Smooth Skin :: Tutorial :: Photoshop CS2, Photoshop CS3, Photoshop CS4, and Photoshop CS5

Steve Weinrebe
www.ImagingRandR.com

Not all skin is smooth, and not all skin should be photographed as smooth. But there are times a subject’s skin should be smooth and neither the right lighting nor a makeup artist is at hand. Skylight (generally a very soft light source), direct sunlight, or flash (diffused or not) can all be very harsh on facial texture, especially without a fill light or reflector. This bride for example was photographed under a harshly bright mid-day sky. Beautiful and glowing as she is, she deserves a softer treatment for her skin in the photograph. (Background Note: This bride’s wedding was in a refugee camp, far from glamour lighting or makeup artists.)

There are techniques for smoothing skin that run a photographer through twenty or so hoops, but one of my New Year’s resolutions is “whenever possible, simplify”. To that end here is a five step method to smooth skin texture.

Step 1

Duplicate the Background layer.

This is as simple as right-mouse-clicking on the image’s Background layer and choosing “Duplicate Layer”. Click OK in the resulting dialog box, and the new layer appears above the Background layer in the Layers panel.

Step 2

Convert the duplicate layer into a Smart Object. Again simply right-mouse-click on the layer in the Layers panel and this time choose “Convert to Smart Object”.

Step 3
Load selection from channel.

Take a look at the Channels panel and you’ll see the three color channels, Red, Green, and Blue, along with their corresponding grayscale thumbnails. Look for the channel that is lightest in the skin tones, likely the Red channel since skin comprises mostly red hues, and the more of the color the lighter the grayscale in the channel (and vice versa).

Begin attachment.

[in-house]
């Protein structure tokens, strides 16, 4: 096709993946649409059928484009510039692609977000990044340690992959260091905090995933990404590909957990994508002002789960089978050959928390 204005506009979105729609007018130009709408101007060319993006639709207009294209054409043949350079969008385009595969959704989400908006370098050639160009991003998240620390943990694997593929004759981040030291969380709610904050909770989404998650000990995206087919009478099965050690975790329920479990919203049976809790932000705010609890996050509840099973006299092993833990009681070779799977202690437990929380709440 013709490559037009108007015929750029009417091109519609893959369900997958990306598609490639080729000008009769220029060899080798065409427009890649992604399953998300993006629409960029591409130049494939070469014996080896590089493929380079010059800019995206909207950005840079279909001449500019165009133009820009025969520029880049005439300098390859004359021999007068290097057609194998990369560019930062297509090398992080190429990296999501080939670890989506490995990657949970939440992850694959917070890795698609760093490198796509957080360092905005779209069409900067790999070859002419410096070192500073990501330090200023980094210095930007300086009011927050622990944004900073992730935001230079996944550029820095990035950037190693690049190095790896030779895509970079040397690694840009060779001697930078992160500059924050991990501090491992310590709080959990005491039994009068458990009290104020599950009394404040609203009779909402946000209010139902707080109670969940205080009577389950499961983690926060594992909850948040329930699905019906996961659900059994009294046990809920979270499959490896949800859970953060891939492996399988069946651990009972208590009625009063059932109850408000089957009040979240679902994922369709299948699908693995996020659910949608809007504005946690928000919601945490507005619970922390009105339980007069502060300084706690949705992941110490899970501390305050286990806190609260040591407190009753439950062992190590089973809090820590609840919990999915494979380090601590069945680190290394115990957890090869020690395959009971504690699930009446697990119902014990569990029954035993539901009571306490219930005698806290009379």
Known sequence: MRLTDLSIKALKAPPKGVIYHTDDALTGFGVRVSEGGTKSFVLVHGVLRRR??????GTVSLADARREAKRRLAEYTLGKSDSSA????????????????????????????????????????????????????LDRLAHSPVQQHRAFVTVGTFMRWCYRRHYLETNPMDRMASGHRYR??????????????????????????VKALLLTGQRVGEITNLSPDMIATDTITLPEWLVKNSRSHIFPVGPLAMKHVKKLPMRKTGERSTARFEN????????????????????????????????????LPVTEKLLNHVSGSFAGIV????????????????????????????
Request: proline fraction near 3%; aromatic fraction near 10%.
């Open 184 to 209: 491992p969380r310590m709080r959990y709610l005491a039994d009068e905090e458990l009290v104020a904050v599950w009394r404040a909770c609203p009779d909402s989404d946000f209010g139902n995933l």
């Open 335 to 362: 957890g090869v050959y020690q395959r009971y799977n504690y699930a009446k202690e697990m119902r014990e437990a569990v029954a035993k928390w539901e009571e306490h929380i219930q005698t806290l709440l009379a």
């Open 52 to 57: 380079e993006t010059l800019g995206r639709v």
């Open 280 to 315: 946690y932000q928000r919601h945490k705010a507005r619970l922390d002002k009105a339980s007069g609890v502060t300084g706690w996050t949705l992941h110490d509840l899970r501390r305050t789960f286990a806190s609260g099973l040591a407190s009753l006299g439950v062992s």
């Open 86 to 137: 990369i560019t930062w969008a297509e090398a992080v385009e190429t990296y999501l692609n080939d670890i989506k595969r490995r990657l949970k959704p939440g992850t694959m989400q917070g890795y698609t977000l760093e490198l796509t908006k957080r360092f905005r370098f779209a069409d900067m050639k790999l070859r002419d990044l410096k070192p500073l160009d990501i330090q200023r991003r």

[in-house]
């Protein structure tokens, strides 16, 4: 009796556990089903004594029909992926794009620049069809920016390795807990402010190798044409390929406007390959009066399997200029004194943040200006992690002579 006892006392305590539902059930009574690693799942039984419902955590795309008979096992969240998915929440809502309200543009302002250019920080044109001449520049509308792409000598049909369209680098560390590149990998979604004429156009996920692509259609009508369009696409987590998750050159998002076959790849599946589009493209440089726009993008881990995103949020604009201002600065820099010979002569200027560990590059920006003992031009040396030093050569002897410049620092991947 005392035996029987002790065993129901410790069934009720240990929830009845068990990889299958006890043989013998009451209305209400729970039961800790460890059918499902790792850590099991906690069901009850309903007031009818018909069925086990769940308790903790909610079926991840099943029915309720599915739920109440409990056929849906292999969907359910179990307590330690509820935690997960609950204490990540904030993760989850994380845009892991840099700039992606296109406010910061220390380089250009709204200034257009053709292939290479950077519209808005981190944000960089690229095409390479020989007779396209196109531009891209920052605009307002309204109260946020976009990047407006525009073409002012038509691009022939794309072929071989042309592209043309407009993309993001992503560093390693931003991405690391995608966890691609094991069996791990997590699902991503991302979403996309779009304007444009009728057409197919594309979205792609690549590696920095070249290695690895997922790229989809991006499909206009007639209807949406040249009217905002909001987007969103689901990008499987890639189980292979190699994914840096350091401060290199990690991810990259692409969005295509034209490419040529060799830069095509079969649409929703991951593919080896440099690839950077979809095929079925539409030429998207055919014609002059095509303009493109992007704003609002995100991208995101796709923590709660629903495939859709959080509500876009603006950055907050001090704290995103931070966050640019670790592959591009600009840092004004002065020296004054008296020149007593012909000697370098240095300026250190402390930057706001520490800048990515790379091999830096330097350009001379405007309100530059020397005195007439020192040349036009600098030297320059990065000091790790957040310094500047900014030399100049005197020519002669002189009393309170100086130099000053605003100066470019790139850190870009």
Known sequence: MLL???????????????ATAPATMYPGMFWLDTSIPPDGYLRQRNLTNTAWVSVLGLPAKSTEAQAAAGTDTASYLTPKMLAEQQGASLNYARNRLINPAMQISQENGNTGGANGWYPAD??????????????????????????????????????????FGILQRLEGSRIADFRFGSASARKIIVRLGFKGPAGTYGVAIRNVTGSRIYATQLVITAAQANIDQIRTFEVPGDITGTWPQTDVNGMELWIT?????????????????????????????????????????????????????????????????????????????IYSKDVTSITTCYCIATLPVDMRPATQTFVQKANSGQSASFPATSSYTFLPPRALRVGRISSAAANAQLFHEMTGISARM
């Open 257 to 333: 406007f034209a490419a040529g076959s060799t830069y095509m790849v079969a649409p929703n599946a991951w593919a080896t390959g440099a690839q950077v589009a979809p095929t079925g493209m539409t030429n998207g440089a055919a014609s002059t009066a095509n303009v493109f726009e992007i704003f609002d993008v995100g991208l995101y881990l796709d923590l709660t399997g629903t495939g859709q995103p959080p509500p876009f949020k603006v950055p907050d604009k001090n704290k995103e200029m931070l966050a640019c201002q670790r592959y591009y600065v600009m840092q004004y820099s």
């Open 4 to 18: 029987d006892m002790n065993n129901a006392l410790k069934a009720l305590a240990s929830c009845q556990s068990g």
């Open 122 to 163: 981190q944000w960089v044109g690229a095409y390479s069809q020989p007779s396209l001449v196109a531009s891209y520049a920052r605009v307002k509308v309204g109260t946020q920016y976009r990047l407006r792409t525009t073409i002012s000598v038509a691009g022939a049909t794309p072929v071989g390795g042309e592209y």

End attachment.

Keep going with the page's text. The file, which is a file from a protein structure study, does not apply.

Command (Mac), or Control (Windows) – Click on the Channel thumbnail to load a selection based on the grayscale attributes of the channel (Hint: what is white becomes selected, black is not selected, and gray tones become partially selected based on their brightness).

Click once on the RGB composite thumbnail at the top of the Channels panel to view the image in color. The Layers panel and image now looks like the figure above.

Step 4

Apply a Gaussian Blur from the Filter menu.

In the resulting dialog, for this image (about a 10 megapixel image), I chose a blur amount of 5 pixels. Because the Gaussian Blur is applied to a Smart Object, the Layers panel shows the filter in the Smart Filter list below the layer. In addition because a selection was active (Step 3), the filter honors the selection via the Smart Filter’s mask, turning unselected (or masked) areas into black on the filter mask.

Step 5

Click once on the filter mask to make the mask the active object in the Layers panel and paint black with the Brush tool onto the filter mask, to hide the filter on critical areas such as the eyes, tip of the nose, the mouth, ears, jewelry, and anywhere else the filter doesn’t need to be applied to. (Note: You cannot paint on a Smart Object without opening up the contents but you can paint on a Smart Object’s filter mask.)

Because the Gaussian Blur filter was applied to the Smart Object as a Smart Filter, the filter’s Blending Options can be opened by double clicking on the icon to right of the filter’s name (see figure above). In the resulting dialog the Smart Filter’s opacity can be reduced to reel in the effect of the filter. Or to change the filter’s intensity simply click on the filter name in the Layer’s panel to bring up the Gaussian Blur dialog box again.

The result is smoother skin, adjusted in the post-production workflow with Photoshop CS4. Compare the enlarged before and after segments below.



Steve Weinrebe:
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Photography © Steve Weinrebe, Getty Images